Volatility in the gold market has built up considerably over the past 6 months and one must now question whether a single price fixed once a day is adequate to make gold price forecasts. On the other hand, was the correction on April 20th from $644.4 to $610.9, which was accomplished within a few hours, a true market move or something that was manipulated by desperate shorts trying to cover their positions?

If the Comex movements are the correct interpretation of the gold market, then the next correction will be of the 8%-10% order of magnitude. If the PM gold fixings are the true reflection of the market, the next correction will be in the 4%-6% range. The magnitude of the next correction will thus clarify the situation and determine whether we need to place more emphasis on Comex prices in future or continue to rely totally on the PM fixings.

One of the reasons why I am considering introducing the Comex futures into the equation is because the correction on April 20th from $644.4 to $610.9 was $33.5. Despite the fact that it took only about 5 hours to achieve this correction, it was similar in dollar terms to the prior correction from $578.8 to $541.8, a decline of $37.0, despite the fact that it took 5 weeks to complete that correction. The following is the analysis of wave (iii) of wave V using the second month gold Comex futures prices:

Forecast of wave (iii) of wave V using Comex futures prices:

Wave 5 of (iii) is currently in progress and reached $685 on Friday May 5th This wave has reached levels from which another correction can be expected. In the above forecast it has been assumed that wave 5 will be the same dollar amount ($86.5) as wave 1, giving rise to a target of $697.4. If wave 5 is the same percentage (17.5%) as wave 1, the peak would be $718. In fact, a peak anywhere between $685 and $718 is possible.

As already pointed out, this analysis critically depends on wave 4 being the correction as depicted above. There was no such correction in the physical market as depicted by the London PM fixings. Assuming this Comex analysis is correct, the coming correction should be of a magnitude of 8%-10% and the following forecast of wave V itself can be attempted:

Forecast of wave V using Comex Futures prices:

This analysis produces a target for the peak of wave V of $818, slightly higher than the $768 target calculated in Update IV on 19 February 2006. The largest correction of the gold bull market to date should be anticipated to follow the peak of Wave V. This correction should be at least 20%, suggesting a correction from the forecast peak of $818 to around the $650 area.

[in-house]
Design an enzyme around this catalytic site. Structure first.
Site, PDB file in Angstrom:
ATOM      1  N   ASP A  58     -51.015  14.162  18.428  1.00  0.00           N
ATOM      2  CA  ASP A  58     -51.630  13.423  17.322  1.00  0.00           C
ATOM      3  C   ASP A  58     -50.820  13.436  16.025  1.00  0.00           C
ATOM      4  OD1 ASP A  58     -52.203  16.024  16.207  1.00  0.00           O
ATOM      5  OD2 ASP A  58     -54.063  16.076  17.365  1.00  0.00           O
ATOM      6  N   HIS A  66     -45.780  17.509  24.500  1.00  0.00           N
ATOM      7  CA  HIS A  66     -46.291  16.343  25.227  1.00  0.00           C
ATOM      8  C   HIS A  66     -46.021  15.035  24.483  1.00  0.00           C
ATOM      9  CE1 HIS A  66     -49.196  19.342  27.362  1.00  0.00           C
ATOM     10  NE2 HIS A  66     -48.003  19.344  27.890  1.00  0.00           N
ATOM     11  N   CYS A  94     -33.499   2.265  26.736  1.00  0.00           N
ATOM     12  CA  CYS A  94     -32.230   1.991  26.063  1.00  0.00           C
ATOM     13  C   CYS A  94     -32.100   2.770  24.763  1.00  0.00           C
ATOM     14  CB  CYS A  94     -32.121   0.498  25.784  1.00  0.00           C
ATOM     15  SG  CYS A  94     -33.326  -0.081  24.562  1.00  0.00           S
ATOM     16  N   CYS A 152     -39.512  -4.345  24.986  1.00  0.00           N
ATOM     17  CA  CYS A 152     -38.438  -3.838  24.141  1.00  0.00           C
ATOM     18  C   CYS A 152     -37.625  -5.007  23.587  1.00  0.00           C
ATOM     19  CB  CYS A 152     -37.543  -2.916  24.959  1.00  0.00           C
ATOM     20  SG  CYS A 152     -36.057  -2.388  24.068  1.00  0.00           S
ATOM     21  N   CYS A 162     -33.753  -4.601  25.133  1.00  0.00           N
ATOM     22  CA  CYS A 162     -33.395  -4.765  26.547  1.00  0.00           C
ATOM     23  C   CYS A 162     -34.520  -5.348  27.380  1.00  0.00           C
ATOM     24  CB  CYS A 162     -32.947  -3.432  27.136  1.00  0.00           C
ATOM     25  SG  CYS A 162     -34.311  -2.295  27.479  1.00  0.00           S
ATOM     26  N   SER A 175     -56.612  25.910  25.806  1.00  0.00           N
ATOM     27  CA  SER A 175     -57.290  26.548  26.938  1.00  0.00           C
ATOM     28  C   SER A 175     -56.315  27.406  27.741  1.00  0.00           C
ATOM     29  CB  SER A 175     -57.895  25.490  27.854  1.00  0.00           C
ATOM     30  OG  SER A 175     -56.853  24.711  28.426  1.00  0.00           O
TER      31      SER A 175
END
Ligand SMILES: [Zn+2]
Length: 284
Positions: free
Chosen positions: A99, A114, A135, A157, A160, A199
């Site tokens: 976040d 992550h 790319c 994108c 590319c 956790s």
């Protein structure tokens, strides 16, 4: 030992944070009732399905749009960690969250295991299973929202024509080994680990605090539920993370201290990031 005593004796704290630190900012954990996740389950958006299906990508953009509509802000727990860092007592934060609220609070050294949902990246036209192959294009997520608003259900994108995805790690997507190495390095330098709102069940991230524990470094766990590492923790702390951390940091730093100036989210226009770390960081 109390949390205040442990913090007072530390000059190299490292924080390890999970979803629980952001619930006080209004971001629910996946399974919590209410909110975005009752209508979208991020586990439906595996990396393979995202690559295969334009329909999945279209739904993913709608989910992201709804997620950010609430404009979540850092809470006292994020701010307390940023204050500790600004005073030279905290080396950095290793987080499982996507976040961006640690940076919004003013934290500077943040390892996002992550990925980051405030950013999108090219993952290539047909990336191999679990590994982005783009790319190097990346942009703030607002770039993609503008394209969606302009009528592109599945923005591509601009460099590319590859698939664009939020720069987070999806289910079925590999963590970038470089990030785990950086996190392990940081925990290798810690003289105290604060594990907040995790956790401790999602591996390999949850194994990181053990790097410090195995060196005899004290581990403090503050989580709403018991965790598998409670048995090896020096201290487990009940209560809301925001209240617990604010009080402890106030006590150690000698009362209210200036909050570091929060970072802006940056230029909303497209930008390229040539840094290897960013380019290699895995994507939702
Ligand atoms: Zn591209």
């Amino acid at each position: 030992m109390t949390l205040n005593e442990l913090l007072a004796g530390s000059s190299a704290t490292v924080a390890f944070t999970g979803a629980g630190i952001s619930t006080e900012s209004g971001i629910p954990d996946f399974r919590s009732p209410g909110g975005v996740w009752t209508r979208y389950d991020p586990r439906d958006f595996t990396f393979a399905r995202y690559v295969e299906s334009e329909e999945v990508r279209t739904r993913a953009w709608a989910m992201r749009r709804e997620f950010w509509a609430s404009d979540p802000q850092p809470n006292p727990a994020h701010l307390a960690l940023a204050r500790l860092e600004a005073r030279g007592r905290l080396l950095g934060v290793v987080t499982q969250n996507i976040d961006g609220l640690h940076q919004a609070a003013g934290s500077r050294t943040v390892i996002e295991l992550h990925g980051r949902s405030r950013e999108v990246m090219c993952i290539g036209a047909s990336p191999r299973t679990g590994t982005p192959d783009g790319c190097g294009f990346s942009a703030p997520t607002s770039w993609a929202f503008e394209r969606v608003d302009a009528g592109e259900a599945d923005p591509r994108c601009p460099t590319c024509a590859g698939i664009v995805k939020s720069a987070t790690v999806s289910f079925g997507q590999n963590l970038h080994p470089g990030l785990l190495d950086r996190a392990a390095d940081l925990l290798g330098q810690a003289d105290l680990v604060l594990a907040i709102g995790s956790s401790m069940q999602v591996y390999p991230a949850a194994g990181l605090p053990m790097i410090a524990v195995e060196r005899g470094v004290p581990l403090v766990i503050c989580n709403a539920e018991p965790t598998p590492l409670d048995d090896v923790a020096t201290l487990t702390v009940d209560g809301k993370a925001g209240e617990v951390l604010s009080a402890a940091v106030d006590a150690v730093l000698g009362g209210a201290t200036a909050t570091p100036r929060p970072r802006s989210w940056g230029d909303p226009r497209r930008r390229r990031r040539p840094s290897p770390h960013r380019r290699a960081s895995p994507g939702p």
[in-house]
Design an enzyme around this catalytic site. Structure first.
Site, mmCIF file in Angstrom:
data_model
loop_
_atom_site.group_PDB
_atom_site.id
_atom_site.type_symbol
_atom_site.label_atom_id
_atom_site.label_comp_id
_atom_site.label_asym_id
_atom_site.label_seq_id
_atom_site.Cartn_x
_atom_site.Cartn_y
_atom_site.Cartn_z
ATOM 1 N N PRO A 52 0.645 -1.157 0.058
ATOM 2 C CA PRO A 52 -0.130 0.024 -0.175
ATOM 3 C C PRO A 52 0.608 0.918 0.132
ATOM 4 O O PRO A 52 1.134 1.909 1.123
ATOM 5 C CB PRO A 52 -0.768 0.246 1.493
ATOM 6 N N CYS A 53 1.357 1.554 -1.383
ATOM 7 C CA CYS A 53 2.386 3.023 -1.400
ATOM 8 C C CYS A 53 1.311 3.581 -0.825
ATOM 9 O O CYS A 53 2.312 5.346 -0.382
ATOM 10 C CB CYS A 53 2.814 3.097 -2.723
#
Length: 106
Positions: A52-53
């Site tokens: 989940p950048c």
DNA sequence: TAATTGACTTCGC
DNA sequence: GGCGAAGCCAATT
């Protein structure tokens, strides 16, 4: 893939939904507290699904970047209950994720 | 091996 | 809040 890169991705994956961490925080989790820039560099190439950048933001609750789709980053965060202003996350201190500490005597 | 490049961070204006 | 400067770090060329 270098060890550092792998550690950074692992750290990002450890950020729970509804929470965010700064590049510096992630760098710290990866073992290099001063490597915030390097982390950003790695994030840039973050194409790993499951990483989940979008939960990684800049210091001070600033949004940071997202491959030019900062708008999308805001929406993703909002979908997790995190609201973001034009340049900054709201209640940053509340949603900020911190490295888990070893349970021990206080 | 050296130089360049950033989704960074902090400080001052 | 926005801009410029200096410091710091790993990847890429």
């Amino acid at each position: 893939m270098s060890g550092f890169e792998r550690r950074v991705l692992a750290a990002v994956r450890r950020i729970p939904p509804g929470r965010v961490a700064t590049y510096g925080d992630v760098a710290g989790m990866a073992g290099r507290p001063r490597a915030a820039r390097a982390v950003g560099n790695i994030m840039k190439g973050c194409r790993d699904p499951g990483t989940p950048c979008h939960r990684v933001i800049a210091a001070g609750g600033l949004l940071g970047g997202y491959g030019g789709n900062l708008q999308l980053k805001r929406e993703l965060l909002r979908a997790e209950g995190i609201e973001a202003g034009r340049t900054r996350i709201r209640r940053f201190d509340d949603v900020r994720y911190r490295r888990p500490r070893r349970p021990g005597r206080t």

There is, however, a much more bullish scenario which would come into play if PM fixings are continuing to depict the true underlying forces in the gold market. We will only know whether this possibility is realistic if the next correction in the gold market as revealed in PM fixings is restricted to the 4%-6% range.

If that were to happen, the above analysis using Comex futures prices would have to be abandoned and a new calculation undertaken using the new magnitude of wave 3 of (iii). A correction in the 8%-10% range would verify the Comex calculations.

Already wave 3 of (iii) of wave V in PM fixing terms has risen from $535.0 to $678, a gain of an astounding $143 without a significant correction. This is the sort of action that can be anticipated from a "3rd of a 3rd" situation and was the reason why I was so excited about the prospects for gold 3 months ago.

If this "3rd of the 3rd" wave has not yet finished, which we can only determine after the magnitude of the next correction has been established, a much higher target for the peak of wave V will come into play. We can leave that subject and the calculation of the possible higher peak price for wave V for a future Gold Update.

Alf Field
Comments may be made to the author at: ajfield@attglobal.net

Disclosure and Disclaimer Statement: In the interest of full disclosure, the author advises that he is not a disinterested party in that he has personal investments gold bullion and gold mining shares. The author's objective in writing this article is to interest potential investors in this subject to the point where they are encouraged to conduct their own further diligent research. Neither the information nor the opinions expressed should be construed as a solicitation to buy or sell any stock, currency or commodity. Investors are recommended to obtain the advice of a qualified investment advisor before entering into any transactions. The author has neither been paid nor received any other inducement to write this article.

Alf Field was born and raised in South Africa. He is a Chartered Accountant by training. Together with a partner, he started his own funds management business in 1970 in Johannesburg. In August 1971, when the USA stopped converting US dollars for gold at $35, Alf perceived a major opportunity to buy large quantities of gold mining shares personally and for clients. In 1979 he migrated with his wife and four children to Australia. He is currently a self-funded retiree who manages his own portfolio. In 2002 Alf started writing articles on gold related subjects, including monetary history, as well as a series of gold price forecasts using the Elliott Wave technique.

The King James Bible mentions gold 417 times. Not once does it mention a paper currency.